Some screens can do double duty. My company recently helped roll out a digital price board in the automotive service sector that doubles as a “video on demand” screen. Remember Mrs. Smith? Imagine she comes in for an oil change and notices the price difference between synthetic and regular oil and asks about it. Her sales associate might or might not know the answer, but now he or she can use the same sign to show her a 90-second video that explains the difference. Now Mrs. Smith gets the answers she needs to make a decision from a credible source. This would be a powerful tool for many areas within grocery and drug store environments such as health/pharmacy, organics and even the wine department. By the way, it's important to note, that supporting sales in this manner has dramatic effects in increasing sales and trading up the purchase.
Finally, screens can now interact with each other – which means that Mrs. Smith can download the video explaining the difference between synthetic and regular oil to take home and discuss with her husband, and not just in English. If the household is Hispanic why not furnish the information in Spanish? Another example of delivering better customer service that results in increased sales and shopper loyalty.
Which retailers are doing the best job with screen interactivity?
Burberry’s High Street store in London is one of the best. They’ve created an entirely new shopping environment. They can even create a rainstorm to inspire shoppers to buy a raincoat.
There’s a similarly great use of digital screens in the Victoria Secret Harold Square store in New York that includes a 3-story video wall and screen synchronization following the shopper up and down the escalators. (In the interest of transparency, that’s our technology.)
What do you see on the horizon?
More wearables. Google Glass is a prototype, but heads-up display will evolve and wearables will become more common. And more augmented reality, where you can place your phone over a digital or static menu item and it will tell you about calories and nutritional value. Digital signage will serve up targeted content and mobile with will deliver a lot of the information people want without having to print it on a label or a menu or a shelf tag.
*ComQi is a global leader providing a cloud-based Shopper Engagement Technology that influences consumers at the point of decision, in-store, using all digital touch-points: digital signage, mobile, video, touch, web, and social networks. ComQi’s mission is to deliver an end-to-end solution that is tailored to engage consumers by optimizing communications and marketing strategies that provide the best ROI. Learn more about them at comqi.com, follow them on Twitter and Facebook, or visit their YouTube channel.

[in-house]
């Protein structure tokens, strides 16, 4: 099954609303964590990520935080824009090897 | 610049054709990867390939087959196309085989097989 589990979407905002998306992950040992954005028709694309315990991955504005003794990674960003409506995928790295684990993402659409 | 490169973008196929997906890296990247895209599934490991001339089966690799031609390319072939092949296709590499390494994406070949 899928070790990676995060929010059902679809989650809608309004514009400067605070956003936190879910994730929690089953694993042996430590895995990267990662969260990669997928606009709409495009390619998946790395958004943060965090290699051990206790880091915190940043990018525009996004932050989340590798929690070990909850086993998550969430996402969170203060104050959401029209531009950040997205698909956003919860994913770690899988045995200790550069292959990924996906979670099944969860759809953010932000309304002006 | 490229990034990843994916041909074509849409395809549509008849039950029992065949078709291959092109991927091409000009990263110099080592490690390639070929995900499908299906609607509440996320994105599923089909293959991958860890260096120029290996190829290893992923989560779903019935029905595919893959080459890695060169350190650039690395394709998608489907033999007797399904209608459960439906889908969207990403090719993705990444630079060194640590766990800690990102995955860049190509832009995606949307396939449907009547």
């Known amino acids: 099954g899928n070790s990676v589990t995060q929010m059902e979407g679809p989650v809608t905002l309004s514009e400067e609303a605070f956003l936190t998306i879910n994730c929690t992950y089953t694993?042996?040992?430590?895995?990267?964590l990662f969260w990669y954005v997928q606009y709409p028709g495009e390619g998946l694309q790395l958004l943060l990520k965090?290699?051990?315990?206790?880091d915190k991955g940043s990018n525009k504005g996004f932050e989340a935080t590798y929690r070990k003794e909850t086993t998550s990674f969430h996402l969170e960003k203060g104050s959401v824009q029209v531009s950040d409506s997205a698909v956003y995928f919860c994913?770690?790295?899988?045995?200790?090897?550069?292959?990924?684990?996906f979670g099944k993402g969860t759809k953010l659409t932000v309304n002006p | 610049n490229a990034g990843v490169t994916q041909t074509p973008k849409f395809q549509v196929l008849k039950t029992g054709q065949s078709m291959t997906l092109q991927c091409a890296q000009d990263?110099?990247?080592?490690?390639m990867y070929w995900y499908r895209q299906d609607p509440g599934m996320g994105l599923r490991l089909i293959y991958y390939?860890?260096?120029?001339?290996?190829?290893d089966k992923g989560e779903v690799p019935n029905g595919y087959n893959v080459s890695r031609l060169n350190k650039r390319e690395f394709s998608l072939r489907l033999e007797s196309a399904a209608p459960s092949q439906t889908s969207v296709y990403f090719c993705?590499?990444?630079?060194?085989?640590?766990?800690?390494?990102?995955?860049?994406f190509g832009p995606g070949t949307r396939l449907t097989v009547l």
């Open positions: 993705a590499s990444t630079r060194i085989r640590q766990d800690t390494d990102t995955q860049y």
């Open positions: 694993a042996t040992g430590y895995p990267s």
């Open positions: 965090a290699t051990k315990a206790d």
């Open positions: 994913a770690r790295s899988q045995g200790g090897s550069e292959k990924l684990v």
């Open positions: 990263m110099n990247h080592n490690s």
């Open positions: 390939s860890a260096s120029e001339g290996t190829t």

Today’s brands are more focused than ever on adapting to consumer lifestyles and delivering a branded experience that resonates with their audience. The importance of well-executed brand media increasingly puts all brands, including retailers, in the content game.
Marketing’s role in retail is shifting from advertising to brand storytelling. In the past, the driving force of many marketing strategies was to use print and broadcast to get customers out of the home and into the store. Customer segments were focused on demographics using age, gender and location. In this traditional “push” model, the idea was to reach a captive audience and deliver them a message, with the goal of influencing a transaction.
Today, marketing is about creating a brand media network that spans a variety of engagement channels. We’re not simply trying to get customers to a location. We want them to create a lasting connection with the brand and adopt it as part of their lifestyle. Moving beyond demographics, psychographics focuses on behaviors, interests and lifestyle. And rather than a push model, brands are pursuing an engagement model that creates a two-way dialogue between them and the customer.
Everywhere, All The Time
Brands are becoming more omni-focused, with content executed across a variety of channels, from the digital world to physical locations. The brand media should be consistent and adapted to suit the channel type.
1. Broadcast is still a major platform for all brand media. Broadcast is still primarily about traditional television, but the landscape is shifting rapidly. YouTube is becoming a big player for brand media, with strong appeal for the brand. The ability to better target audiences and track engagement is key. And brands are able to tell more of their story with longer form content and media that moves beyond the 30-second spot.
2. Social Media is a fast-moving target. It’s easier to think less in terms of the individual applications, and more in terms of a communications network with a shifting landscape of providers. Pinterest, Facebook, Twitter, and others provide new ways of engagement and require new methods of branding.